I’m not sure there is a baseball player fans are rooting for harder than Michael Soroka. Maple Maddux was introduced to Braves Country as a baby faced 20-year old back in 2018 when he made five starts and posted a 3.51 ERA. It was instantly apparent how special of a talent he was, even at such a young age. In first full season the following year, Soroka boasted a 2.68 ERA over 29 starts, which was capped off by a marvelous performance in the postseason against the Cardinals.
The Braves had found the ace of their staff, a ground ball maestro who was poised beyond his years. Then, disaster struck. In his third start of the COVID shortened 2020 campaign, Soroka went down in grueling pain while bouncing off the mound in an empty stadium. It took seconds for everyone who was watching from their homes to realize it was a severe injury, which was later revealed as a torn Achilles.
Since that day, it’s felt like nothing can go right for Soroka. After a long rehab, a minor arm injury held him back even longer before he suffered one of the oddest injuries you’ll ever see in professional sports. While walking to the ballpark on a normal afternoon, Soroka felt a pop in his surgically repaired Achilles. Not long after, he found out it had re-torn. Another 15-month recovery was around the corner, and even the optimistic Soroka had to wonder if he’d ever pitch professionally again.
Despite all the odds being stacked against him, optimism has never been an issue for Soroka, and I think that’s played a critical role in the Braves hanging onto him for this long. It’s been nearly three years since he last pitched on a major-league mound, but on Tuesday, he took his biggest step towards returning to Atlanta since that dreary day back in August of 2020.
Soroka made his first start for the Gwinnett Stripers yesterday, completing 3.2 innings and allowing just four hits and one earned run while striking out three. There were some barreled balls, including a home run, but Soroka was able to battle through the adversity as he has his entire career and finish the outing on 61 pitches. Soroka is still ramping up his workload after a late start to Spring Training, but his stuff looks even better than it did before all the injuries. His velocity on all of his pitches is up, leading to many more swings and misses.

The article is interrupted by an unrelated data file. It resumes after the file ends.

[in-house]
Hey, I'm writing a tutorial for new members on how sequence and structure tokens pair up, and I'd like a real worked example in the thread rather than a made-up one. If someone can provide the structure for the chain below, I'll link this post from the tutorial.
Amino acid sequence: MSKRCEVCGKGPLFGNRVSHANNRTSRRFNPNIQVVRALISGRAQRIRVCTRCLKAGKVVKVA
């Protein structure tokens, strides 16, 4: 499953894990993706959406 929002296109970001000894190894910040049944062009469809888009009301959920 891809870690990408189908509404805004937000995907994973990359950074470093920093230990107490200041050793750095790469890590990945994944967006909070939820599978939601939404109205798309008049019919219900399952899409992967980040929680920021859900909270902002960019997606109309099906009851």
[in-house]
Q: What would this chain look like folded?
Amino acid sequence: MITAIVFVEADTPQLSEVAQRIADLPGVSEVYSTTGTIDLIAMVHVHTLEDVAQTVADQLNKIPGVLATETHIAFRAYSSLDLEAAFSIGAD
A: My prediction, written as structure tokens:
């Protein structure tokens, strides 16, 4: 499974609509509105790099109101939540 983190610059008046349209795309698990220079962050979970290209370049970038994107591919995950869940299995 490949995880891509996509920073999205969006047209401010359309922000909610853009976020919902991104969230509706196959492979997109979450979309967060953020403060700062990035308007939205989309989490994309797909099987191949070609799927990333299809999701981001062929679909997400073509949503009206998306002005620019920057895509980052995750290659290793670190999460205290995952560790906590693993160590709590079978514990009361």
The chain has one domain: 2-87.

Michael Soroka's sinker velo was 1.6 mph higher than 2020 and nearly 1 mph higher than 2019. His slider is 2.1 mph up from 2020 and back to 2019 levels, and is missing a ton of bats. Crazy to think he is only 25 and had a 2.79 ERA in 200 IP between 2018 and 2019. pic.twitter.com/y5kgIvC8p7
— Chris Clegg (@RotoClegg) April 5, 2023
I prefer to temper my expectations when it comes to what Soroka will provide the Braves in the future. Almost as if it’s nothing, until it is something. However, he’s still only 25-years-old, and the stuff hasn’t missed a beat. If anything, it’s even better than it was before.
Health will always be a concern, but Soroka’s poise and knowledge of how to attack batters will forever be a strong suit. Those are attributes that are engrained into his blood and will never be forgotten. I did wonder if he would lose a touch on his sinker or some bite off his breaking ball after all that has happened, but he’s putting those concerns to rest with each performance. The Braves will not rush him back to the majors; there’s no reason to. However, if he can continue to build confidence over the next few months in Gwinnett, there’s a chance we see the same pitcher we saw when he first arrived in Atlanta five years ago, and maybe even a better version.
Photo: David J. Griffin/Icon Sportswire
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